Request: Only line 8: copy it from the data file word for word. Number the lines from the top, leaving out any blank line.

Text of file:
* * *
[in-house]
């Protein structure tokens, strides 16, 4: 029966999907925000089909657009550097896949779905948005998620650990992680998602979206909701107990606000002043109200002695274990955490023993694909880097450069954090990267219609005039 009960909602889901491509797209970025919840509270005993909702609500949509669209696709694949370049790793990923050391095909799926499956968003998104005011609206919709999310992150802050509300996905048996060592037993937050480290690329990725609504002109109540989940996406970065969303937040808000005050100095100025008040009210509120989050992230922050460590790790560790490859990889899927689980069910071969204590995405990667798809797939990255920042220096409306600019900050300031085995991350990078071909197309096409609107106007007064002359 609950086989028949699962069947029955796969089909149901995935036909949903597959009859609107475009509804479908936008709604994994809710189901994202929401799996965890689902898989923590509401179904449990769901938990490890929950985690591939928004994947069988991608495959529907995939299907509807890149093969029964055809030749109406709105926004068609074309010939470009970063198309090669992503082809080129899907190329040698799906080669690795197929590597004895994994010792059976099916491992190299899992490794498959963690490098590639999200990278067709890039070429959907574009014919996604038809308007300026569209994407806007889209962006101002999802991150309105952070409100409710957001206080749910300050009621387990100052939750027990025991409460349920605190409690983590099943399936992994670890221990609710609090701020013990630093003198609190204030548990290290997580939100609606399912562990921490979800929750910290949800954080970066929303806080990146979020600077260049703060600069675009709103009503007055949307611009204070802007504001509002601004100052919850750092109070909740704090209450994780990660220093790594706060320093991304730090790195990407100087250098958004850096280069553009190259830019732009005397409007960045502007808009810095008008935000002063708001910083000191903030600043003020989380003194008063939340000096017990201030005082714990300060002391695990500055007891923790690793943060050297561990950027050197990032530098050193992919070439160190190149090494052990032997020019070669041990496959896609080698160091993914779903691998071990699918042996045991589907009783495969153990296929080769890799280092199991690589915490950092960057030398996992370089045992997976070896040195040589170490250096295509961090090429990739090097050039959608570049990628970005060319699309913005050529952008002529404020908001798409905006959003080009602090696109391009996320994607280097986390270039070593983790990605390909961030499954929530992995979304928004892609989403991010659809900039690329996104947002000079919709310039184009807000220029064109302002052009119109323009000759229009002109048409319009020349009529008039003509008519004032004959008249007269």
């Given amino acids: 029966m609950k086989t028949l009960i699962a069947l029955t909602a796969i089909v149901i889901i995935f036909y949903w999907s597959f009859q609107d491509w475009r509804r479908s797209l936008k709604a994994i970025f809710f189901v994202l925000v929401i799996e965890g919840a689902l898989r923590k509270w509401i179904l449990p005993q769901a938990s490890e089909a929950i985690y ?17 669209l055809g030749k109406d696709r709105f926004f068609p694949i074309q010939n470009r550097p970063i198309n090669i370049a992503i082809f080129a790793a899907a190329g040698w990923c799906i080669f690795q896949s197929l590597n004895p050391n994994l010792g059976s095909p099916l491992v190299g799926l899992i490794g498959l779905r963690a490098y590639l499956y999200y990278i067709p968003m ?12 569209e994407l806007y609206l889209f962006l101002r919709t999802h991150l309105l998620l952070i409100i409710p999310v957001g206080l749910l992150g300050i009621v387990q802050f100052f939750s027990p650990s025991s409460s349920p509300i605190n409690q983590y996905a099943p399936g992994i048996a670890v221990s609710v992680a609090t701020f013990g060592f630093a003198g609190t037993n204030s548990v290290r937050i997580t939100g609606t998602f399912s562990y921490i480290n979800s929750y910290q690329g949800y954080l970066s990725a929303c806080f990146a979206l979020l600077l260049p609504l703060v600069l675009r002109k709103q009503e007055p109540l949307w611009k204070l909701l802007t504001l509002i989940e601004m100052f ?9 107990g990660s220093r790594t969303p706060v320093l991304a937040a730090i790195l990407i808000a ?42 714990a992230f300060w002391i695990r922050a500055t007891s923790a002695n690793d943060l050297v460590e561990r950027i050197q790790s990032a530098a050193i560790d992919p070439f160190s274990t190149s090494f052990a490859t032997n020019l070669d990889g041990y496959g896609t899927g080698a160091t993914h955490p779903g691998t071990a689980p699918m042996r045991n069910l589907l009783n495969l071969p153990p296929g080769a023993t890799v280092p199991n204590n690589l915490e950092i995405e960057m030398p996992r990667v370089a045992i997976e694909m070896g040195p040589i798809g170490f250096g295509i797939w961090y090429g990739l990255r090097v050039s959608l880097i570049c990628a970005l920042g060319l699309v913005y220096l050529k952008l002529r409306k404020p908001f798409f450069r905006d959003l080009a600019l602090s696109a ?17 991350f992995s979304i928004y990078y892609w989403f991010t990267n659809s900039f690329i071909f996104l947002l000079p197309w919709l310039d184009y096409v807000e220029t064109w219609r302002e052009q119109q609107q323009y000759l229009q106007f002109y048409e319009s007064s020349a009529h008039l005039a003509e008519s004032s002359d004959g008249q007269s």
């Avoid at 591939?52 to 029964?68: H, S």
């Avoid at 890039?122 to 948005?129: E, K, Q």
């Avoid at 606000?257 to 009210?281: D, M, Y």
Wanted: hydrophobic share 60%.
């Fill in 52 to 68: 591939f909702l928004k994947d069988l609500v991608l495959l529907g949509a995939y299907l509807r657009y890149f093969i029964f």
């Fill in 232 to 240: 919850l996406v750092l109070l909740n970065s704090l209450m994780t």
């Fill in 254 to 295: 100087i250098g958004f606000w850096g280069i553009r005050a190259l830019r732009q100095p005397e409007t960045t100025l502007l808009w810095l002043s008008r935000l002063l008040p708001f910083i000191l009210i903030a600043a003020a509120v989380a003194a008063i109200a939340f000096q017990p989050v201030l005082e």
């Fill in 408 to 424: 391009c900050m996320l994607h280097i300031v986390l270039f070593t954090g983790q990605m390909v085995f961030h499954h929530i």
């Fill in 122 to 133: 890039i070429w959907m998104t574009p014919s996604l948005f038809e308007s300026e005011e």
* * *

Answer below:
């Fill in 52 to 68: 591939f909702l928004k994947d069988l609500v991608l495959l529907g949509a995939y299907l509807r657009y890149f093969i029964f």